Avengers by Brian Michael Bendis Volume 2

Avengers by Brian Michael Bendis Volume 2
Avengers by Brian Michael Bendis review
  • North American Publisher / ISBN: Marvel - 978-0-7851-4505-2
  • Volume No.: 2
  • Release date: 2012
  • UPC: 9780785145059
  • Contains adult content?: no
  • Does this pass the Bechdel test?: no
  • Positive minority portrayal?: no
  • CATEGORIES: Superhero

Having fractured time and set Kang against Ultron in volume one, the odds against Brian Michael Bendis managing to up the ante were low, but he succeeded. This time out it’s the infinity gems at stake, six jewels each with a different attribute, enabling their wearer with enormous power. When previously gathered they were concealed by some of the most powerful heroes on the planet to prevent their misuse, and now someone’s collecting them.

Actually, Bendis is pretty up front about who that is, reintroducing Parker Robbins, once the Hood, a minor villain of whom Bendis is inordinately fond, having utilised him frequently. Robbins is smart, tenacious and persuasive, and one of the finer aspects of this story is that none of those who concealed the gems realise how he came to know of them.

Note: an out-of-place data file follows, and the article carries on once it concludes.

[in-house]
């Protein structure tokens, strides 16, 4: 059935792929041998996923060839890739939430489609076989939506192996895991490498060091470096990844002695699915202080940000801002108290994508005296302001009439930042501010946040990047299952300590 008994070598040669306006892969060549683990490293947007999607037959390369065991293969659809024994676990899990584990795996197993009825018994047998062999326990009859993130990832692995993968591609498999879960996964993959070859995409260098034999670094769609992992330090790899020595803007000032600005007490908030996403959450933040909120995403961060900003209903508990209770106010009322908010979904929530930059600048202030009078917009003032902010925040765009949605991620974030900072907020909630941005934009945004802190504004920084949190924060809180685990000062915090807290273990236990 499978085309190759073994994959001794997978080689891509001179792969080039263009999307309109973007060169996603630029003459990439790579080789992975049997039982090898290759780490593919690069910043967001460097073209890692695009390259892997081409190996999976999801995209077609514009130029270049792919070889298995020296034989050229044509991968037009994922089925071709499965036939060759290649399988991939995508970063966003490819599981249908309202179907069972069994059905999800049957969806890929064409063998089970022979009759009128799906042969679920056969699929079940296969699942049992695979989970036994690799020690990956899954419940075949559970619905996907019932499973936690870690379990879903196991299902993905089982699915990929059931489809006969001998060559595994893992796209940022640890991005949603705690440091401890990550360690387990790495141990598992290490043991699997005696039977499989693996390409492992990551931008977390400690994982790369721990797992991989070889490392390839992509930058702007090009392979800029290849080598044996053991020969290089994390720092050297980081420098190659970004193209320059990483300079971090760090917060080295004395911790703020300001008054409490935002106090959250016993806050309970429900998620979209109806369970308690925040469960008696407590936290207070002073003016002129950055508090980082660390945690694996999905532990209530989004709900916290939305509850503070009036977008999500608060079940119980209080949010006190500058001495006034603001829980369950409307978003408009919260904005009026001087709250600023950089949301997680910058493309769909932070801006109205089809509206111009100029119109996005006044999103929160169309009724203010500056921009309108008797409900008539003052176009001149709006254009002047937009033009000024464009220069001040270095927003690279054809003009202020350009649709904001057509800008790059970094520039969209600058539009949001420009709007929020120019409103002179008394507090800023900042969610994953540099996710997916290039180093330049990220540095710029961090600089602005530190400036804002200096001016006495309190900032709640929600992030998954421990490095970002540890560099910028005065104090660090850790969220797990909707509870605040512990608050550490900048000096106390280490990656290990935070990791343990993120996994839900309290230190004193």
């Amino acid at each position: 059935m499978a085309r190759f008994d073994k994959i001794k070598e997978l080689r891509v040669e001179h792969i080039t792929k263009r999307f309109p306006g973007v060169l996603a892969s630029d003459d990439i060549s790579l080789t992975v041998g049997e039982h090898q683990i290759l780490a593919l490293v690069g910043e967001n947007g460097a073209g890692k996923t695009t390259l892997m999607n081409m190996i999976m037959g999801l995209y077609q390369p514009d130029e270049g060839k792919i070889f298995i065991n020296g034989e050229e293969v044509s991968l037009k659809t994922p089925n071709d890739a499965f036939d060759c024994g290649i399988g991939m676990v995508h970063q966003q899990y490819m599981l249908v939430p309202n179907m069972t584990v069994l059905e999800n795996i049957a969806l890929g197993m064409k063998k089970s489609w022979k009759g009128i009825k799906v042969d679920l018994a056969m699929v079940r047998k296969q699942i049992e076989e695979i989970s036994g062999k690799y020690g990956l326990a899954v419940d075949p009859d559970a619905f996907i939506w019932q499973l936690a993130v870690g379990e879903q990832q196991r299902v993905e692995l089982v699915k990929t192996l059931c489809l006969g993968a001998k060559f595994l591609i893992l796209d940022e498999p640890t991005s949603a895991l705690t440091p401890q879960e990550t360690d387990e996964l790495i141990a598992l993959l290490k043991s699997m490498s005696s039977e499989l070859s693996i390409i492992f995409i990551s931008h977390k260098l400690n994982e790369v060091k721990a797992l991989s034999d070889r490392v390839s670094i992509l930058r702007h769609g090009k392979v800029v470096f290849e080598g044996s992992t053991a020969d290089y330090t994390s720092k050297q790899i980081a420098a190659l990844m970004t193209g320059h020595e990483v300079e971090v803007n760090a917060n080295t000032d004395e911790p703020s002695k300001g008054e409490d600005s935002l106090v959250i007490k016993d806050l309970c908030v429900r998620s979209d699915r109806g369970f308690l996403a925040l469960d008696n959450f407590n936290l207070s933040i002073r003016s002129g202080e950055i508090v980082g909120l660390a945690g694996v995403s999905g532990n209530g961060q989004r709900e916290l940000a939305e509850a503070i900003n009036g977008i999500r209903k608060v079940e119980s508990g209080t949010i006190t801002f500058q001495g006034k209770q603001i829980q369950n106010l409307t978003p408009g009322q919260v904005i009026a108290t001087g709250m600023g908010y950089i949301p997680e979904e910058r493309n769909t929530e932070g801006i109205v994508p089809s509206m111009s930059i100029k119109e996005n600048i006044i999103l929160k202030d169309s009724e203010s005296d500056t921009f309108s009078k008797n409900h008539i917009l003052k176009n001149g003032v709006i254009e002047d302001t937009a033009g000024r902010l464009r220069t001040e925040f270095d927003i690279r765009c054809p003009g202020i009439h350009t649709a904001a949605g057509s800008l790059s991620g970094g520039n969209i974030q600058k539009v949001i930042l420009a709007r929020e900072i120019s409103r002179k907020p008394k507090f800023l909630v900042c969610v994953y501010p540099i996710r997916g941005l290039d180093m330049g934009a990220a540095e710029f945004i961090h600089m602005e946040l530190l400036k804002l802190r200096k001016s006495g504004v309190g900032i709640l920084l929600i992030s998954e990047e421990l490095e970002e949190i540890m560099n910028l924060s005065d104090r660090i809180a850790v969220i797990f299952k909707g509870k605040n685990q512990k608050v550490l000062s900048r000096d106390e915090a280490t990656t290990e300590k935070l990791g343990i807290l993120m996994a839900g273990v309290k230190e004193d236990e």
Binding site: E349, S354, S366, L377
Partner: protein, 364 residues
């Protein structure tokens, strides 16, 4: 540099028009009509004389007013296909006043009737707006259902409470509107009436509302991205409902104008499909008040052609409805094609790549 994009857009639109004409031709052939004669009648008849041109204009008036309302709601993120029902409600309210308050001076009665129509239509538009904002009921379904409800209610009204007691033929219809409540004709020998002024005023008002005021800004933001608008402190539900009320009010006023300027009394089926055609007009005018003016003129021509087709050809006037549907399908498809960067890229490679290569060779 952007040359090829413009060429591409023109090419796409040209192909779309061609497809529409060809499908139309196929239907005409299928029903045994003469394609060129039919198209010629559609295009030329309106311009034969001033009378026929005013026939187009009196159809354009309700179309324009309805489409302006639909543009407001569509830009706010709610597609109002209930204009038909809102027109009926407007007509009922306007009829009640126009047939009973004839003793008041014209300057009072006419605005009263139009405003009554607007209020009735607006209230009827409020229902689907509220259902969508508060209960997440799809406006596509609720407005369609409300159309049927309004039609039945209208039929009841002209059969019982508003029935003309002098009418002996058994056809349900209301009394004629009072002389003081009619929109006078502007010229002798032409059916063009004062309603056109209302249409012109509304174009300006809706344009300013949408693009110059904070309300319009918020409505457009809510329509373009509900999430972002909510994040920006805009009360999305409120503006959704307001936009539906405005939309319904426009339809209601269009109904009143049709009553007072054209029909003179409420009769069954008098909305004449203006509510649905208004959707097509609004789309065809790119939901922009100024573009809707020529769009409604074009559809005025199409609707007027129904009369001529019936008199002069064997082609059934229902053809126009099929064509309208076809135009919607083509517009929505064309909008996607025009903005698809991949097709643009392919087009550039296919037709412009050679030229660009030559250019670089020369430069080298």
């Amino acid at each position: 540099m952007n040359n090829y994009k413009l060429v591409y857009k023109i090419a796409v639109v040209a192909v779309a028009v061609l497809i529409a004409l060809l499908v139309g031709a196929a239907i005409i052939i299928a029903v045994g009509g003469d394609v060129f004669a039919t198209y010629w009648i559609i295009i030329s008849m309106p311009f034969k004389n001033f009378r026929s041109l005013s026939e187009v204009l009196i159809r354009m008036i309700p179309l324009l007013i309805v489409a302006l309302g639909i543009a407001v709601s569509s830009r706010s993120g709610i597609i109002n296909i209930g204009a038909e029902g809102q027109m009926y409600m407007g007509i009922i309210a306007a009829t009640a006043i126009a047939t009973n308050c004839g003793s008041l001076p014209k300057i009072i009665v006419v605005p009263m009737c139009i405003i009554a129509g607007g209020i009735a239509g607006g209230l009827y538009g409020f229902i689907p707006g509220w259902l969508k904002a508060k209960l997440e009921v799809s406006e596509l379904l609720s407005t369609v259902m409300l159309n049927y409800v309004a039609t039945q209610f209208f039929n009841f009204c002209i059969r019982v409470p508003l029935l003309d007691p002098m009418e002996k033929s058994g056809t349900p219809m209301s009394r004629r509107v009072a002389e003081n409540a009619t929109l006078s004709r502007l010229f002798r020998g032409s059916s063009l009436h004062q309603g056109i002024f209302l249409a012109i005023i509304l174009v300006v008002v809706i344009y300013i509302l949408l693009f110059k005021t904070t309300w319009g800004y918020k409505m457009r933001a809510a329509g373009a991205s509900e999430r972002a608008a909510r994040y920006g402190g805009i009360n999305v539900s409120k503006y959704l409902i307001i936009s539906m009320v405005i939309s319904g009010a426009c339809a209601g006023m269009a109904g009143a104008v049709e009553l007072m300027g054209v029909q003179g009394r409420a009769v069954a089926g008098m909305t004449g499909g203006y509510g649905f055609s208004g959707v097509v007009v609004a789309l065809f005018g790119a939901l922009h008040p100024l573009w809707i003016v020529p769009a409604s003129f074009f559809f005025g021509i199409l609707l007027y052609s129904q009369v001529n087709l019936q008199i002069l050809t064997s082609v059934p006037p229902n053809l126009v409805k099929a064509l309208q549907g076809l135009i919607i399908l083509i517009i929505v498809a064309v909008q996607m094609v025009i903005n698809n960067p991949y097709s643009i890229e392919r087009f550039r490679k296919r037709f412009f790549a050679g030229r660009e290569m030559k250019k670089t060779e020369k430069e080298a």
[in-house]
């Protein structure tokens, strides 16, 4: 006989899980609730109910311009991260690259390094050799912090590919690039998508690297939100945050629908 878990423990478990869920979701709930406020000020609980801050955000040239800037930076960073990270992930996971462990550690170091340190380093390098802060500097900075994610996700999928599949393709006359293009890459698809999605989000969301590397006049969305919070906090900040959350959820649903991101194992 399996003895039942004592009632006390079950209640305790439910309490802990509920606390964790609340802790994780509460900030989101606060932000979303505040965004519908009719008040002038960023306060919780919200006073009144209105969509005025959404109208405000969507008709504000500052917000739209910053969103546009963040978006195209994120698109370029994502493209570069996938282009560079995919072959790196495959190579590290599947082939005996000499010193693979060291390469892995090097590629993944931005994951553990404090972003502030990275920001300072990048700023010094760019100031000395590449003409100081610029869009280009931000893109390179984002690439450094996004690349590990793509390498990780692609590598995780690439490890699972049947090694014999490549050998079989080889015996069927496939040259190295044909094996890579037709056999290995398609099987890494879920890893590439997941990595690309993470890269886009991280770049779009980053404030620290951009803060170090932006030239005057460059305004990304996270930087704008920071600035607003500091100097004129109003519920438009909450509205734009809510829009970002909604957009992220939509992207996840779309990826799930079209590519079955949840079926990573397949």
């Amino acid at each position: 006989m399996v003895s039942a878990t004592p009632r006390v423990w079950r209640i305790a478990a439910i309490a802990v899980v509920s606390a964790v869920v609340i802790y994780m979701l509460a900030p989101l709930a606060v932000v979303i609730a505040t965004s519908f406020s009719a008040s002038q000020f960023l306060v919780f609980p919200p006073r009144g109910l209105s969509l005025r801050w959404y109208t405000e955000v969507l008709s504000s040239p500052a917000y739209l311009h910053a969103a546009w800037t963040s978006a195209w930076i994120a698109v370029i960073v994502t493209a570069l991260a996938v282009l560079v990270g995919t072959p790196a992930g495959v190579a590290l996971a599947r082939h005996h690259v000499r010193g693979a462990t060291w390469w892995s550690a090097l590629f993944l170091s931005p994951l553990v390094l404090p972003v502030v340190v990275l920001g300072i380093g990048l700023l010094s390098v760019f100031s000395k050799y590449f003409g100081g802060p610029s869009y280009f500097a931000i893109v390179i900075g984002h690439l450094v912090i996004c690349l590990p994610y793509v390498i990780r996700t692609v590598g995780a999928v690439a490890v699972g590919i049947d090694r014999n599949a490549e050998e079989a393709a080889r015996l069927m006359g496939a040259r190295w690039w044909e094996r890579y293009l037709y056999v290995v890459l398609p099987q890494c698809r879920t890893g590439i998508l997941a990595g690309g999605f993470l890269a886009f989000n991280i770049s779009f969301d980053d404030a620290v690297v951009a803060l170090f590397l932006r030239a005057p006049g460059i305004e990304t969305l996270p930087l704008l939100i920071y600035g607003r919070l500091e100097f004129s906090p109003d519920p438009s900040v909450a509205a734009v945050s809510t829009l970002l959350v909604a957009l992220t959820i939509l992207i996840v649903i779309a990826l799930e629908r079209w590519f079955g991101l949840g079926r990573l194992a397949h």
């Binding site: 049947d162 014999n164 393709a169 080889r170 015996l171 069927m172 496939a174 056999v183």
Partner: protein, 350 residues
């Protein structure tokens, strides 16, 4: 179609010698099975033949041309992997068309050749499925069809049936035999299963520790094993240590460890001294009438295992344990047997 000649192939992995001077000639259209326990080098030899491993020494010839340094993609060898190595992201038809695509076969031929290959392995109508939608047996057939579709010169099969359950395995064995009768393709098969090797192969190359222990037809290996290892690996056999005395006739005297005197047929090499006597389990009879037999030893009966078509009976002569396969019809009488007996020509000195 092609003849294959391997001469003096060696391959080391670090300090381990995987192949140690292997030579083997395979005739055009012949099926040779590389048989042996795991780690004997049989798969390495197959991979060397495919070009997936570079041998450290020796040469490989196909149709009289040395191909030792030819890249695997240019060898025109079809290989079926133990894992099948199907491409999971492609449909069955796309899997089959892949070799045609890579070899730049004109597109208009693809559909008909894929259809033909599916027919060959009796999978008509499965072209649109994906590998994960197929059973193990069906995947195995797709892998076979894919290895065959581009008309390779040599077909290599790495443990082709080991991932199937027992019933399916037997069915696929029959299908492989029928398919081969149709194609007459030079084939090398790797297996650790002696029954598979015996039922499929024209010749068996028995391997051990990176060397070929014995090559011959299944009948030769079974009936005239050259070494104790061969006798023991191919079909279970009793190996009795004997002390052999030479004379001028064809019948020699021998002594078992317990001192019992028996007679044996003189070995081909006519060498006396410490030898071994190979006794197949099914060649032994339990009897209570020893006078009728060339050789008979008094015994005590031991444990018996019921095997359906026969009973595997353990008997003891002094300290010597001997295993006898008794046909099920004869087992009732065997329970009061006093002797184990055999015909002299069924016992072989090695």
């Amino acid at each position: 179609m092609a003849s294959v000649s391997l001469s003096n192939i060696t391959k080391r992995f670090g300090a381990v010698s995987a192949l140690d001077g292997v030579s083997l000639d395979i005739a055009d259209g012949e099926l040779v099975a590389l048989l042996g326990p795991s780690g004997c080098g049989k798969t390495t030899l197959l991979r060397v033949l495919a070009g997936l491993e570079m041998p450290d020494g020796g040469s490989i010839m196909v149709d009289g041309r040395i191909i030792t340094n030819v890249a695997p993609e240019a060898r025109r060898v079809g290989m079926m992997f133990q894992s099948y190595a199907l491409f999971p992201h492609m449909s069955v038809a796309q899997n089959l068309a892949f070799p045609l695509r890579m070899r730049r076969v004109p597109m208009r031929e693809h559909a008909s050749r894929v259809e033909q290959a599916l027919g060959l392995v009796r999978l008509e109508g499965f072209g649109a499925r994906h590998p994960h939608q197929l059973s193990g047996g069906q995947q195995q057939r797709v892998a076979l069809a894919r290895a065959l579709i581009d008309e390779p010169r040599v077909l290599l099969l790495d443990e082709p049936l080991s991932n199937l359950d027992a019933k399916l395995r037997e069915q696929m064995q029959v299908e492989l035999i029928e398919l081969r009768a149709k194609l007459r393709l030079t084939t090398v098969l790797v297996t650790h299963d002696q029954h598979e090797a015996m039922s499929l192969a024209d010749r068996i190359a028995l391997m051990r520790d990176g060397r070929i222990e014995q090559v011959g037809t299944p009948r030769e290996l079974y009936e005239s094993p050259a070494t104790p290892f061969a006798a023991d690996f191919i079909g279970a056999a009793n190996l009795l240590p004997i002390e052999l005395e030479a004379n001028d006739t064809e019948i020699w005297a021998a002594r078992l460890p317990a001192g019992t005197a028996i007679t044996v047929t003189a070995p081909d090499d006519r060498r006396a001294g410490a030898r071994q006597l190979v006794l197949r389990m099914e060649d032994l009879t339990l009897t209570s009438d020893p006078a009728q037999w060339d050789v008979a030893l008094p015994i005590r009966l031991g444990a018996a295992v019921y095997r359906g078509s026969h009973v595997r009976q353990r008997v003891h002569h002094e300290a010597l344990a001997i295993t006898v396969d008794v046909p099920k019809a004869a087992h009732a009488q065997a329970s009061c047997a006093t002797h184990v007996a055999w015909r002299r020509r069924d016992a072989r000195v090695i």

The threat is so immense that it takes two teams of Avengers to deal with Robbins, plus assorted others, and the secrecy involved in concealing the gems drives another wedge between Iron Man and Captain America. It does, however, lead to a fine coda.

Most of the book is again drawn by John Romita Jr, but the time spent on the previous volume has taken its toll. While his standards never slip below professional, it’s apparent there was less time available to produce much of the material here, and the art is further diminished in the paperback edition by illustrations spread over two pages having portions of their middle section disappear into the binding.

There’s also a chapter leading into The Age of Ultron, with Spider-Woman captured by an alliance of some of the smartest super-villains on the planet. Bendis has a laugh revealing that for all their intelligence they’re emotionally dim, and Bryan Hitch draws up a storm.

This doesn’t match the quality of the first volume. A chapter consisting entirely of full page illustrations with a narrative overlay is a mistake, even if giving Romita Jr more time to complete the remainder. Too many of the dozens of characters depicted do little more than stand around, and the story is stretched too far.

The story continues in Avengers: Fear Itself before reaching volume 3.